Kangnas colleagues detail sustainability successes for Lekela report
Two Mainstream women are the subjects of a profile feature in the new Sustainability Report published by Mainstream’s Africa joint venture, Lekela Power.
Plant Manager Miliswa Mlokoti and Cheryl Persensie, an Economic Development Manager, discussed their roles at Kangnas Wind Farm, which began feeding power to South Africa’s national grid in November 2020.
They also explained how the 140 MW project, the fifth to be fully constructed and now operated by Mainstream for Lekela, has benefited local communities in the Northern Cape as well as the country’s wider economy.
The annual report details Lekela’s commitment, as a signatory to the UN Global Compact, to high environmental, social and governance standards in its operations in South Africa, Senegal and Egypt.
And its review of community programmes, which in South Africa are managed by Mainstream’s Socio-Economic Development teams, gives particular focus to the response to the Covid-19 pandemic, alongside initiatives to improve local education and enterprise opportunities.
Highlights of the Lekela Power Sustainability Report 2020 include:
- Reaching an operational portfolio of 786 MW of clean energy produced by six windfarms across Africa. Lekela generated 1,649 GWh of zero-carbon electricity, helping Africa work towards its climate goals.
- Launching two wind farms in South Africa, Kangnas and Perdekraal East. Together, they are saving 960,000 tonnes of CO2 each year, powering 260,000 South African homes.
- Distributing over 4,000 household hygiene packs in Ras Ghareb, Egypt, in response to the pandemic. In South Africa, Lekela-owned wind farms helped catalyse the manufacture of over 42,000 masks through 19 entrepreneurs and businesses.
- Supporting 196 women and girls through Lekela’s projects, either in the form of scholarships, bursaries, internships or through their businesses.
- Appointing expert ornithologists to study bird movements and local weather patterns, as part of Lekela’s commitment to operating its West Bakr Wind Fam in Egypt with no net loss to biodiversity.
- Increasing the percentage of workers from the local community for Lekela’s Taiba N’Diaye Wind Farm to 50%, up from 35% in 2019.
Here, we reproduce the interview with Miliswa Mlokoti and Cheryl Persensie that features in the report.
Lekela Power: Tell us about Kangnas Wind Farm and your roles.
Miliswa Mlokoti: Kangnas is 50km east of Springbok, in the Northern Cape. Construction started in 2018 and operations in late 2020. It has an installed capacity of 140 MW from 61x 2.3 MW/108m hub-height turbines that can power 150,000 homes. Generating more than 500 GWh of clean energy also saves significant carbon emissions previously produced by coal power stations. As Plant Manager, I look after Kangnas’ daily operations, ensuring we deliver reliable energy to the grid and adhere to the Grid Code Compliance requirements.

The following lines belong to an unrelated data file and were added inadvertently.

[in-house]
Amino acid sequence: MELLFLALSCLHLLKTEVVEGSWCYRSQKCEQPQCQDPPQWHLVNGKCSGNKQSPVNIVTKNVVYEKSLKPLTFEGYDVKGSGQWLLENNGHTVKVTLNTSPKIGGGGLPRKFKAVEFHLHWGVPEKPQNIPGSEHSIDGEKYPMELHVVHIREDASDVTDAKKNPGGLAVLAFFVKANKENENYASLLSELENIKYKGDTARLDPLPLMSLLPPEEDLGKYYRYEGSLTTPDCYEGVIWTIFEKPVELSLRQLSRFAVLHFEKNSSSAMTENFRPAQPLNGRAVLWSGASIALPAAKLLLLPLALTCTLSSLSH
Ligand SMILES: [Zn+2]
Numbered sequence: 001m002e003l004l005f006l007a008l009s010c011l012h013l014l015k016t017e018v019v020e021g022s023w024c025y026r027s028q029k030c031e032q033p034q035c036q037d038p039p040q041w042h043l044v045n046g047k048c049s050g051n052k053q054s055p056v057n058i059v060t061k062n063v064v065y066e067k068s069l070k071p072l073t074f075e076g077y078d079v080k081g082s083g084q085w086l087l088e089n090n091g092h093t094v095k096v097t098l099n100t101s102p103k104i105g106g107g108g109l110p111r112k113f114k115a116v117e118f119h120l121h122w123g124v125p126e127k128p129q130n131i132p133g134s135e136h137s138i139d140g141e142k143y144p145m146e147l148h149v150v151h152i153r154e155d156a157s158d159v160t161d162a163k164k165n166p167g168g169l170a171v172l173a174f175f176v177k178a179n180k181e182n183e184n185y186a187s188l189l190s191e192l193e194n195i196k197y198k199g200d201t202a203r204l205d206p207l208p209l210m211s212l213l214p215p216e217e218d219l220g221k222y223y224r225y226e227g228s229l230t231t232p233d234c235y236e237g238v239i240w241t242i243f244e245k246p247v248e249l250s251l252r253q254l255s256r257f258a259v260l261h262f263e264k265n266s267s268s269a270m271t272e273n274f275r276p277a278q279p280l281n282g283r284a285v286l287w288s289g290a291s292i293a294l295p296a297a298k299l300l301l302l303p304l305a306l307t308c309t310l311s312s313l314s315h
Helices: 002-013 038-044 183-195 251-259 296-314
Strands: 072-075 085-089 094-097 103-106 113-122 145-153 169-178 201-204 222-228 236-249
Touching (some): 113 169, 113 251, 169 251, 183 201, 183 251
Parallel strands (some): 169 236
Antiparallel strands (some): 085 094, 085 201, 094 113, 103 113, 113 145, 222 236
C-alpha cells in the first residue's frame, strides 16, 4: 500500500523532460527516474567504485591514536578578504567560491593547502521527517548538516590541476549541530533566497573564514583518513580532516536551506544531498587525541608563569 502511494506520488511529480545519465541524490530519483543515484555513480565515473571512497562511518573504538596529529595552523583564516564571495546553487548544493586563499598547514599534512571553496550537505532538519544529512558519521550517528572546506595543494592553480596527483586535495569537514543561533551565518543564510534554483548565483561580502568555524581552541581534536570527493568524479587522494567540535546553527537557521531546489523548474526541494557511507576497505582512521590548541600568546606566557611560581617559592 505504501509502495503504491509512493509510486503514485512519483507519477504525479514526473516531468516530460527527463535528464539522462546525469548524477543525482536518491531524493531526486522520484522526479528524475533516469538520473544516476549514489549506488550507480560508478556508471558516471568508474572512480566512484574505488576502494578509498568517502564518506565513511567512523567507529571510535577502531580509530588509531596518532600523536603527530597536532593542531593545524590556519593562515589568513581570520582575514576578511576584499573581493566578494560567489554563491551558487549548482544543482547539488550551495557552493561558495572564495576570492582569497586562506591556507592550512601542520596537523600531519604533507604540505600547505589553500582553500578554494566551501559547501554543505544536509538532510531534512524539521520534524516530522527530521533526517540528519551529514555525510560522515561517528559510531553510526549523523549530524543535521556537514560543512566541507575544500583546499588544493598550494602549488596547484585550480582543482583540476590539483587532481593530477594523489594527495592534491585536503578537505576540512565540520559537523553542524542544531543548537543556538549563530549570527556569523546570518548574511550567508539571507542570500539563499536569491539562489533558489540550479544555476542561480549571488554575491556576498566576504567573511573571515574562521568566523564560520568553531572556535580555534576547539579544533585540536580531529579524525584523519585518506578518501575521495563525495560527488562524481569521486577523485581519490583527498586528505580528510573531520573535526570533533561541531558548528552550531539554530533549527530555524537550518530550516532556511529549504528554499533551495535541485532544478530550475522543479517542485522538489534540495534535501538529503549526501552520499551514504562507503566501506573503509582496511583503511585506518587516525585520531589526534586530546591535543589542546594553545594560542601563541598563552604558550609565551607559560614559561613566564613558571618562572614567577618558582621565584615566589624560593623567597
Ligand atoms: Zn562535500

Cheryl Persensie: It was a great achievement commissioning Kangnas in November, despite the challenges with Covid-19. As Economic Development Manager, I’ve helped deliver on commitments to employ and procure content locally. We supported over 550 jobs during construction, directly benefiting the local community. I also deliver the project’s community investment programmes, which target education and skills; enterprise development; sports, arts and culture; and social welfare. Kangnas also provides Covid-19 support to the Department of Health.
LP: How has your experience with Kangnas made you see South Africa’s broader renewables programme?
MM: Connecting Kangnas into the grid demonstrated positive progress in our country’s renewables programme, and also a meaningful contribution to the national grid that helps to relieve the high electricity demand. Fortunately, we have abundant wind and solar resources and harnessing them improves our energy security, lowers costs to consumers and reduces carbon emissions. This allows us to create a truly sustainable energy system fit for the future.
CP: Not only are we in need of clean energy, but also of new jobs and development opportunities. Renewables give South Africa the opportunity to deliver on both. Though construction jobs are short term, operations jobs are long term. There are also supply chain benefits: 50% of Kangnas’ construction costs went on local services and materials, and this should increase as the industry reaches scale.
LP: What is the near-term focus for the Kangnas operations team?
CP: As Economic Development Manager, my priority is to make sure we support the community and that impacts last long after the wind farm’s lifespan. These will primarily come through our investment programmes, which aim to deliver long-term transformation. Over Kangnas’ lifetime, we’ll allocate around US$1 million a year on average to community projects.
MM: As Operations & Maintenance, our focus is to safely operate and maintain the facility, deliver reliable power and adhere to statutory requirements. The first months of operations are critical as we focus on health, safety and biodiversity management, while setting up systems for effective and efficient operations. At Team Kangnas, we pride ourselves on our strong values and aim for industry-leading performance.
- The 140 MW Kangnas Wind Farm was developed and constructed by Mainstream for our Africa Joint Venture, Lekela Power. Entering commercial operations in November 2020, its 61 turbines are now generating more than 513 GWh of clean energy a year, enough to meet the equivalent demand of 154,625 average-sized households, while annually saving 550,000 tonnes of fossil fuel plant CO2 emissions.
View and download the full Lekela Sustainability Report 2020 here.